Leon Collins, "The Dance Dynamo" of the 40s, is tapping again.
His tap shoes will click again this weekend when he performs with Jane Goldberg and three other dancers on the floorboards of Sanders Theater.
"Yep, jazz tap went out with the death of 'Bojangles' Robinson and was replaced with rock-n-roll," Collins, a teacher at the Harvard Dance Center, says.
Swaying back and forth on the piano bench, Leon unconsciously accompanies the rhythm of his speech with the rhythm of his body. He flips his tap shoe lightly over and tightens a screw in the metal heel with a flick of a screwdriver.
To support himself, during the lull of tap dancing's popularity, Collins says he left the stage and opened a garage. For over a decade he cleaned engines, varnished hoods, did body work--and refused to look at a variety show. "I was afraid if I saw people dancing I'd go back into show biz even though there was no money for tap dancers. As I'm a realistic person I felt I had to stick with the steady income of my garage," he explains.
Collins did not always want to dance. As a child he worked as an alter boy in his church and set his sights on the priesthood. But he says his sister encouraged him to take tap lesson. He loved it and began to make up his own pieces to the blare of a jukebox in a neighborhood pool room. He was winning amateurs' contests in his mid-teens and touring before he was 20, appearing in nightclubs throughout the U.S., Canda, and Europe.
He says working with musicians was exciting for him because he discovered he could reproduce their melodies with his feet. Although he couldn't get the intonation he could get the rhythm and the emotion came through the movements of his entire boc "Dancing is the poetry of the body, while music is the poetry of the soul," he smiles.
Two-and-a-half years ago some friends asked him to perform again in a show. "I thought my legs wouldn't be strong enough but I did it--and the audience liked my dance."
Now he teaches, spending half a year with the late Stanley Brown before opening his own studio in Boston. Although he says teaching requires a lot of patience, he thinks the rewards outweigh the trials. He adds that he loves to see the smiles of self-congratulation flicker across the faces of his students. "When you have it, you know you have it because you can do it."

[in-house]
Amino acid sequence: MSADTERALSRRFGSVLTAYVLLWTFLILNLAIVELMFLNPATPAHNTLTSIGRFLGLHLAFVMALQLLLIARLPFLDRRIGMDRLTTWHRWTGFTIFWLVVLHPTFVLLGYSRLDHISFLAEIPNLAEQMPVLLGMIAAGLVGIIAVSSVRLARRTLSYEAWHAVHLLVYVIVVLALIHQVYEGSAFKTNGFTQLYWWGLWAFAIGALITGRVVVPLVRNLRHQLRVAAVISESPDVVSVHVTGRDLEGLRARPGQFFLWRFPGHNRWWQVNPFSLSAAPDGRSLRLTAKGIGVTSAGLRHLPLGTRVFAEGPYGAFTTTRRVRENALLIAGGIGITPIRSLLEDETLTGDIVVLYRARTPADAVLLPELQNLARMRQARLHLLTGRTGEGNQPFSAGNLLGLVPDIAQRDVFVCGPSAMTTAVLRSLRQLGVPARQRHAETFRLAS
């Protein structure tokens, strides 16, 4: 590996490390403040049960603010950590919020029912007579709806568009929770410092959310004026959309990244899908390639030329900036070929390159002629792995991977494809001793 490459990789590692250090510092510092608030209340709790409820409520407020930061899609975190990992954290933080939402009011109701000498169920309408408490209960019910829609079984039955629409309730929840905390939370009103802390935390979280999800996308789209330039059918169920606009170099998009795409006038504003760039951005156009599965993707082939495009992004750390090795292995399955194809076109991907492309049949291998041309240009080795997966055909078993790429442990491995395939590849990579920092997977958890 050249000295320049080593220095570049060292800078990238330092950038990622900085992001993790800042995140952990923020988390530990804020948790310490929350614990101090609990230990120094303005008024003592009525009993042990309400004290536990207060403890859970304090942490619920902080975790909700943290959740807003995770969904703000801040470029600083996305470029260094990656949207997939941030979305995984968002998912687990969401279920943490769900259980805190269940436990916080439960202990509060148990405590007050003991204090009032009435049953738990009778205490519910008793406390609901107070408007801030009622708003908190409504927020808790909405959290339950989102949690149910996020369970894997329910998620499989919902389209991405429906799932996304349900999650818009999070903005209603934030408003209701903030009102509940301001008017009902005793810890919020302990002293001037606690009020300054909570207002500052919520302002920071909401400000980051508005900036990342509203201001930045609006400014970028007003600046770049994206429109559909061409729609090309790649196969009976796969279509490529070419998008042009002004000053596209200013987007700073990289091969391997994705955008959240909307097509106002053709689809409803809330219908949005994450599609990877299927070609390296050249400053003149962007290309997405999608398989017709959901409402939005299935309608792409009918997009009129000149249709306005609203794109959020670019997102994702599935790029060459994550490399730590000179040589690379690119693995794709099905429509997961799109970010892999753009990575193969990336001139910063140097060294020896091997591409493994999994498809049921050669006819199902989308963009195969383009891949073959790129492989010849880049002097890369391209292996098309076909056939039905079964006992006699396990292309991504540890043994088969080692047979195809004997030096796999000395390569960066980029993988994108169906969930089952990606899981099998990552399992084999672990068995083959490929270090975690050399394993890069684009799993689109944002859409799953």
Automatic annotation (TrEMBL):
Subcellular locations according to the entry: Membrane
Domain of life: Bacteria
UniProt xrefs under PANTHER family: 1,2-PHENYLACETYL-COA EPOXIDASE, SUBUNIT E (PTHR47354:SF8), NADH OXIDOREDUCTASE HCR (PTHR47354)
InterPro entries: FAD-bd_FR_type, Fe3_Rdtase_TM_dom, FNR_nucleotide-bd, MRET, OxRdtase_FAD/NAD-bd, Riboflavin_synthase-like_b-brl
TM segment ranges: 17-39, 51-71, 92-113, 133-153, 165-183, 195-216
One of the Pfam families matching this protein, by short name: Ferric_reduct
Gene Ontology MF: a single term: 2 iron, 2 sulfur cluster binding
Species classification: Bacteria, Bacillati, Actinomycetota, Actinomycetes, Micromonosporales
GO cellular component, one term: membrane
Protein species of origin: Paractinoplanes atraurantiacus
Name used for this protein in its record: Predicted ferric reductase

This is his second year of teaching at the Harvard Dance Center. "I love it. The people are nice, respectful, responsive--I couldn't help but love it."
Jane Goldberg has been running a one-woman campaign for the past five years to revive Collins' art. She thinks it is important to preserve this distictly American art which, she says, blends Irish clog dance with African folk dance, because most of the original artists are in their sixties and will not be able to teach their craft indefinitely.
She says her crusade is progressing steadily. Her first tap performance was at Harvard in 1975. Eventually she taught at Jacob's Pillow and performed in New York.
Although she danced in high school productions, Goldberg drifted away from dance in college. She was a political science major at Boston University and very active in the antiwar movement. Only in her senior year did she begin to take modern dance lessons again.
After graduating, she studied with Claire Malardi, who teaches dance at Harvard during the academic year, performed in Boston, and wrote dance reviews for the Boston Phoenix.
She says a Fred Astaire movie in Boston Kindled her interest in tap dancing. At first she sought out old tap dancers becuase of her interest in the history of the dance but soon she wanted to perform herself. Now she plans to establish a foundation "to preserve, promote, and perform tap dancing," she says.